Tea seed oil
Tea seed oil (also known as camellia oil, camellia seed oil, teanut oil) is an edible plant oil. It is obtained from the seeds of Camellia oleifera.
The genus Camellia includes several commercially important species - Camellia oleifera is grown mainly in China for vegetable oil. The oil is known as 'camellia oil', 'tea seed oil', or 'camellia seed oil'. As of 2016 4,000,000 hectares (9,900,000 acres) of oleifera forest centered on the Yangtze river basin in Hunan, Jiangxi, and Guangxi produces 0.26 million tons of oil.
Wild Camellia oleifera contains ~47% oil, whilst cultivated varieties have shown oil content from 42-53%. Oil analysis of cultivated varieties showed : ~76-82% oleic acid; 5-11% linoleic acid; 7.5-10% palmitic acid; 1.5-3% stearic acid - the ratios are similar to that found in wild oleifera. The composition is similar to that of Olive oil. Another analysis of several cultivars found : 82-84% unsaturated acids of which 68-77% oleic acid; and 7-14% polyunsaturated acids.
With its high smoke point of 252 °C (486 °F), tea seed oil is the main cooking oil in some of the southern provinces of People's Republic of China, such as Hunan, especially in mountainous regions; roughly one-seventh of the country's population.
The oil has also been used in Chinese traditional medicine - here[further explanation needed] it has been used as a dietary supplement for the digestive system, as well as to manage cholesterol, as well as strengthen the immune system. It was also used topically as baby lotion and for burn injuries.
Tea seed oil is commonly used to protect carbon steel cooking knives from rust.
Tea seed oil should not be mistaken for tea tree oil (melaleuca oil), an inedible essential oil extracted from the leaves of the paperbark, Melaleuca alternifolia, which is used for medicinal purposes.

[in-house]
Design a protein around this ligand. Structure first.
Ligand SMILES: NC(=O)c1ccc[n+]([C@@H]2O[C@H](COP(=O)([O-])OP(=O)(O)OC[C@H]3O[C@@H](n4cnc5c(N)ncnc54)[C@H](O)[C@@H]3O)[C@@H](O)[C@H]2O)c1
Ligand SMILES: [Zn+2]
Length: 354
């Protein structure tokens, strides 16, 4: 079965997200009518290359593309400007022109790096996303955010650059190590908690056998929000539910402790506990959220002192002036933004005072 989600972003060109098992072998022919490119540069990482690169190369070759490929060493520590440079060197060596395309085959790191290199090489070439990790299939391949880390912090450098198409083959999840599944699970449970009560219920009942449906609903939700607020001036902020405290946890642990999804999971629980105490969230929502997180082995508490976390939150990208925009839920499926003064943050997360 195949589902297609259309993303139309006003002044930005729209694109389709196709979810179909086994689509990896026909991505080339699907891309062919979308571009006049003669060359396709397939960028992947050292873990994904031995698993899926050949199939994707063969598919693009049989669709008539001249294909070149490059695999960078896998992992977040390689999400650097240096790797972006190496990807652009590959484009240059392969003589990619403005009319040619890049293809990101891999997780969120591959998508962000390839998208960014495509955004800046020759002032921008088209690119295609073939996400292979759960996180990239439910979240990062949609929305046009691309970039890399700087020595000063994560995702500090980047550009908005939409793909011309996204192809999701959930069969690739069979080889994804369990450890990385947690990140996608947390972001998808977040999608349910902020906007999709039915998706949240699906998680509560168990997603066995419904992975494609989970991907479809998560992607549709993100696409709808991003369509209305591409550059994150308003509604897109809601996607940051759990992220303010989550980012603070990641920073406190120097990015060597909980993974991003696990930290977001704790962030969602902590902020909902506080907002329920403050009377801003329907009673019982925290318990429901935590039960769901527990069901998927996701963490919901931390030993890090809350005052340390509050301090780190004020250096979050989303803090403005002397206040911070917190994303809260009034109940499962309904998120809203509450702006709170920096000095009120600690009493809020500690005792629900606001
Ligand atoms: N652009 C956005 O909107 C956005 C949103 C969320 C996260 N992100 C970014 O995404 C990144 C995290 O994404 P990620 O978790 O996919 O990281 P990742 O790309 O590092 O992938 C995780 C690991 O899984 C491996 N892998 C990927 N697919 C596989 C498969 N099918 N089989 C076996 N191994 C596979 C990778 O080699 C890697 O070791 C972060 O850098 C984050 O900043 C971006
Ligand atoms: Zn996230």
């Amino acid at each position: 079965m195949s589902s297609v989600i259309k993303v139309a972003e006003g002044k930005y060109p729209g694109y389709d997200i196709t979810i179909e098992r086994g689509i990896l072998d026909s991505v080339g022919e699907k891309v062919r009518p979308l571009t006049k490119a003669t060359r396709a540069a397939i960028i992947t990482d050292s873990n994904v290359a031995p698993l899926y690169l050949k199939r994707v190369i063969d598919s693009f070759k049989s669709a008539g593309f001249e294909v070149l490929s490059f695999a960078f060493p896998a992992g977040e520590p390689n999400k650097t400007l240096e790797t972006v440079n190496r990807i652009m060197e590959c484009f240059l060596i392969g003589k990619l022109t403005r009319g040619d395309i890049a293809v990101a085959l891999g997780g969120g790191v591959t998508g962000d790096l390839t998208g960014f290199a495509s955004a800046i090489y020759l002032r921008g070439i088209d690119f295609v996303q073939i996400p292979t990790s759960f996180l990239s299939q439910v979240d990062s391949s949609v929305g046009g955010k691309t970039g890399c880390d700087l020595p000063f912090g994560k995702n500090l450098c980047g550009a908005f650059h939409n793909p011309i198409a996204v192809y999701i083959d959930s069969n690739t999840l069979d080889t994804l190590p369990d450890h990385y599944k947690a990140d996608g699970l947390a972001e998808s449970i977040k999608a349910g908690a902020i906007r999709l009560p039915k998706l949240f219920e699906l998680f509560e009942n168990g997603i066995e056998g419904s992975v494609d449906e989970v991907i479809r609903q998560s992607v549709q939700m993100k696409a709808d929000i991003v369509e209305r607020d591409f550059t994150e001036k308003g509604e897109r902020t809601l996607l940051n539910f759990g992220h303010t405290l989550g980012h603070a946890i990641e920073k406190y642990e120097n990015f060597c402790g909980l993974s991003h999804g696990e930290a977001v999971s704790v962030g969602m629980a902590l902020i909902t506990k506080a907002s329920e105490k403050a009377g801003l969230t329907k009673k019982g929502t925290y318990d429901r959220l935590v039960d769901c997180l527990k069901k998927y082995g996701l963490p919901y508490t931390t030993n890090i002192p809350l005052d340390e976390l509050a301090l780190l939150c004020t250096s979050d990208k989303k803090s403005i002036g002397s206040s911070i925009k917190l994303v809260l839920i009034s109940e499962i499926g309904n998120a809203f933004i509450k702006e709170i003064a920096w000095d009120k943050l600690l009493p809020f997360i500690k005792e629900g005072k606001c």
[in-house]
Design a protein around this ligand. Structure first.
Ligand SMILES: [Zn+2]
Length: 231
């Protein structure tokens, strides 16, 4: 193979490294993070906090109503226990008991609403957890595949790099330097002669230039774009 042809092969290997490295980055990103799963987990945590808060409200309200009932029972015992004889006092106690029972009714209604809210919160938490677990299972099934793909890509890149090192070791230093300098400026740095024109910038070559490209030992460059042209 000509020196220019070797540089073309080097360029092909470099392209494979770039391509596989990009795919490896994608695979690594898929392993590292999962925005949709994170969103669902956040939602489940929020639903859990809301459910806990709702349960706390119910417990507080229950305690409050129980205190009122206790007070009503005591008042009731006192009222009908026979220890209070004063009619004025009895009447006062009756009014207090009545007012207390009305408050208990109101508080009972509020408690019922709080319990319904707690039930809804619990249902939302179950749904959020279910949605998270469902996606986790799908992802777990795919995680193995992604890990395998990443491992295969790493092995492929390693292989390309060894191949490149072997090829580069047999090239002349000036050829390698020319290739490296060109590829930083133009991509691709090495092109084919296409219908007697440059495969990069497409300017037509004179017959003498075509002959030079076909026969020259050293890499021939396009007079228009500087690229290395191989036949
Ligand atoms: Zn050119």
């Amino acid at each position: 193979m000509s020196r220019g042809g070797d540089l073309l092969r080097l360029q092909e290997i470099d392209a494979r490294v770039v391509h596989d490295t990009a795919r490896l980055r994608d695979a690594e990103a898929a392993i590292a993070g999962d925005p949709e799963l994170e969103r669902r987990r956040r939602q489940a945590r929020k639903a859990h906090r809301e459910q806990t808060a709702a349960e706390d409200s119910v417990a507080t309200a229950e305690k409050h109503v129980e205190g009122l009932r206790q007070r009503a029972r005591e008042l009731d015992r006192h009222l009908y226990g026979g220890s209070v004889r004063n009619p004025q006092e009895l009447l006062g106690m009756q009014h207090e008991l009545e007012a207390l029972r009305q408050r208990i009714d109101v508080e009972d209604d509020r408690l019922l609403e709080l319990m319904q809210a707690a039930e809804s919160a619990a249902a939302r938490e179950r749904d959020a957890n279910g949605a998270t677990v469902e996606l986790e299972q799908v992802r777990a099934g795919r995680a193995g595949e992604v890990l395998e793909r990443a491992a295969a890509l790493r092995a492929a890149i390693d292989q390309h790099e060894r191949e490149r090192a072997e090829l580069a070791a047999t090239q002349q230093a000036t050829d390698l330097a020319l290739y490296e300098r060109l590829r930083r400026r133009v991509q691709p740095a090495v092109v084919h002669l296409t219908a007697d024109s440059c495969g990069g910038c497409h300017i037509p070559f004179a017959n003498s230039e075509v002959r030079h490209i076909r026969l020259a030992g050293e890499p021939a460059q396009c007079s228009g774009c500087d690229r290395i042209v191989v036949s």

- Camellia japonica, source of an oil known as Tsubaki oil. Mainly used as cooking oil and to hold a hairstyle.
- Camellia sinensis, for tea production.
- Gunstone, Frank D.; Harwood, John L.; Padley, Fred B. (1994), The Lipid Handbook (2nd ed.), Chapman & Hall, 3.3.37 Tea seed oil, p.103
- Yang et al. 2016, 1. Introduction.
- Yang et al. 2016, Abstract.
- Ma et al. 2010.
- "Tea seed oil Facts, Health Benefits and Nutritional Value". Retrieved 2020-06-25.
- Yang, Chunying; Liu, Xueming; Chen, Zhiyi; Lin, Yaosheng; Wang, Siyuan (2016), "Comparison of Oil Content and Fatty Acid Profile of Ten New Camellia oleifera Cultivars", J Lipids, 2016: 3982486, doi:10.1155/2016/3982486, PMC 4753050, PMID 26942012
- Ma, Jinlin; Ye, Hang; Rui, Yukui; Chen, Guochen (March 2010), "Fatty acid composition of Camellia oleifera oil", Journal für Verbraucherschutz und Lebensmittelsicherheit, 6 (11): 9–12, doi:10.1007/s00003-010-0581-3, S2CID 24788762
- Ruter, John M (2002). "Nursery production of tea oil camellia under different light". In Janick, J; Whipkey, A (eds.). Trends in new crops and new uses. Alexandria, VA: American Society for Horticultural Science Press. pp. 222–24. OCLC 51677926.